Premiums are higher and outcomes are declining. It’s time to stand up and say, ‘Enough.’
You’ve done the head shake at the grocery store checkout. Nearly $5 for a gallon of milk, almost as much for a carton of eggs, and $6 for an 8-pack of sparkling water that cost $4 several months ago when it used to include 12 cans. Then there’s housing, utilities, transportation, gas, clothing, education — the list goes on.
We're paying more for less.
The same is true for healthcare. Premiums have never been so expensive or increased at such a sharp rate. The Kaiser Family Foundation (KFF) just released its 2023 Benchmark Employer Survey announcing annual family premiums for employer coverage have risen 7% to $24,000 in 2023.
On average, workers this year contribute $6,575 annually toward the cost of family premiums, up nearly $500 from 2022. Employers pay the rest. For individuals, the 2023 average healthcare premium increased to $8,500 per year. Plus, during the past five years, premiums rose 22%, in line with wages (27%) and inflation (21%). Let’s remember this expense covers only the cost of having a level of financial protection, if an illness develops.
In a release, KFF President and CEO Drew Altman said: “Rising employer healthcare premiums have resumed their nasty ways, a reminder that while the nation has made great progress expanding coverage, people continue to struggle with medical bills, and overall, the nation has no strategy on health costs.”
Family premiums are the highest they’ve been in the last 10 years, while workers’ earnings are less than the percentage of overall inflation, which is 5.8%. In a Health Action Council survey of employer members, we asked what percentage of your full-time workforce would be considered low wage with an annual salary of $30,000 or less. The results are equally concerning given the burden of inflation, with 91.5% indicating that up to 30% of their workforce earns this salary, and 8.5% identifying up to 60% of employees as low wage.
Why do healthcare costs continue to rise at a painful rate? Experts point to a myriad of factors, including more expensive technology, medical providers being paid for quantity not quality, an unhealthier U.S. population, and lack of information about medical care and its costs.
That leaves us to where we are today: Paying more for declining health and worsening healthcare outcomes.
Case in point: A study by the Commonwealth Fund reported that people in the United States experience the worst health outcomes overall of any high-income nation. We’re more likely to die younger and from avoidable causes than residents of peer countries.
Healthcare costs are not solely responsible but play into the equation. Let’s crunch some more numbers that shine a light on why we’re not accessing care to improve outcomes.
According to the U.S. Bureau of Labor Statistics, the median weekly income including overtime, commission, and tips for fulltime workers in America was $1,041 in Q2 2022. If that rate persists, it averages to $54,132 annually with a take-home pay of $40,442, based on California tax rates or $41,102 based on Ohio tax rates. Accounting for the average employer contribution to healthcare premiums, employees with family plans pay about $6,500 per year. That is 15% of their salaries. The White House announced its 2024 high-deductible health plan out-of-pocket maximum: $8,050 for individuals and $16,100 for families. Healthcare premiums plus personal income to pay for care up to the out-of-pocket limits adds up to about $24,000, which is more than half of a worker’s annual income.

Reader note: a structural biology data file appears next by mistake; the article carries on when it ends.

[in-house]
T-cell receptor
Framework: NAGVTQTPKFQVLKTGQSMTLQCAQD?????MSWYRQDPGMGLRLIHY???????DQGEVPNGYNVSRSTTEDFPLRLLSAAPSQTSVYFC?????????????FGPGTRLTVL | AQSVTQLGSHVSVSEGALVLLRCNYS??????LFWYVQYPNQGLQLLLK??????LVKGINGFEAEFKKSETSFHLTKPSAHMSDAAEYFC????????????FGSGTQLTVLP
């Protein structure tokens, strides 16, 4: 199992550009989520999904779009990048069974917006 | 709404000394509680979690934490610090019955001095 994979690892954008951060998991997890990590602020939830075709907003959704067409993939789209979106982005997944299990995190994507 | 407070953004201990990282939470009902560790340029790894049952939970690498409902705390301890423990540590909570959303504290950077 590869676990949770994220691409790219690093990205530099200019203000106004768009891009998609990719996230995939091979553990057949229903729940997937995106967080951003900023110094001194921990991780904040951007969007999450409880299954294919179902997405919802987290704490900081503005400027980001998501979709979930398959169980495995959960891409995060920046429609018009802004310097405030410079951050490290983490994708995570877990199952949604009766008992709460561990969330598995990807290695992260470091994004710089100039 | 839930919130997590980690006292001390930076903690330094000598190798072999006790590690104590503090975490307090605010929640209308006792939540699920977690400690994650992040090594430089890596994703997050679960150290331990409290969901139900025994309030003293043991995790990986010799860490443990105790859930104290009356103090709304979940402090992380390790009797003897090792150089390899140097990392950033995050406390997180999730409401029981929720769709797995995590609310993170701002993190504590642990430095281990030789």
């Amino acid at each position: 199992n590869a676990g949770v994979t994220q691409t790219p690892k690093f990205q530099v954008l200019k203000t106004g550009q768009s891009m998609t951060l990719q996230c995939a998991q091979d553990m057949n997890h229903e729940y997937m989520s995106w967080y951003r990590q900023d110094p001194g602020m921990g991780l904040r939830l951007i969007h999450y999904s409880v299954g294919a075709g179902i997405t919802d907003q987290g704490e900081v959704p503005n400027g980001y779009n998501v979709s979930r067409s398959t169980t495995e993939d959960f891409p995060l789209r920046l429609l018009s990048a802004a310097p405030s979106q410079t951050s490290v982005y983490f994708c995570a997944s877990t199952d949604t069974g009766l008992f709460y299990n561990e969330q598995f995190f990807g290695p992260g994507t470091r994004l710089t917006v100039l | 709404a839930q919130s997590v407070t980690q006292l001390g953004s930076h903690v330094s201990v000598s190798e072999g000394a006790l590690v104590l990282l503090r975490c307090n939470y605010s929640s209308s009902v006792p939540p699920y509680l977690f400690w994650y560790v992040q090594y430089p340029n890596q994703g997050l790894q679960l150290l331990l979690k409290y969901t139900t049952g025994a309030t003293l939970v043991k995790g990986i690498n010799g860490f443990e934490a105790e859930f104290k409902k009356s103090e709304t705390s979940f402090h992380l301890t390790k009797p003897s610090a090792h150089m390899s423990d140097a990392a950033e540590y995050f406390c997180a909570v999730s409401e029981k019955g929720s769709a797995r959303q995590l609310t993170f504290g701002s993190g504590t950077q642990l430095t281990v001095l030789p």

Having more than 50% of a workers’ annual income earmarked for healthcare is a financially crippling reality. What about the other expenses required to live?
What is the solution — where do we start?
About five years ago, Health Action Council hosted Jeffrey Bauer, author of Upgrading Leadership’s Crystal Ball, at our annual conference. At the time, healthcare premiums represented 17% of the country’s gross domestic product (GDP). Now, it is 18% of GDP. Bauer maintained that while we can’t decrease the healthcare premium cost, we can keep it constant. We should take steps to be sure healthcare premiums do not swell and work to keep the cost static.
This is a strategic, smart starting point. And, we can analyze global data points and pinpoint focus areas that could help level those costs. But first, employers must decide to take on a serious responsibility to call the healthcare system into check. As employers, we must be the consumer voice for healthcare. We’re making the healthcare purchase decisions — and we need to advocate for change.
About Health Action Council
Health Action Council is a not-for-profit 501(c)(6) organization representing mid-and large-size employers that enhance human and economic health through thought leadership, innovative services, and collaboration. It provides value to its members by facilitating projects that improve the quality and moderate the cost of healthcare purchased by its members for their employees, dependents, and retirees. Health Action Council also collaborates with key stakeholders – health plans, physicians, hospitals, and the pharmaceutical industry – to improve the quality and efficiency of healthcare in the community.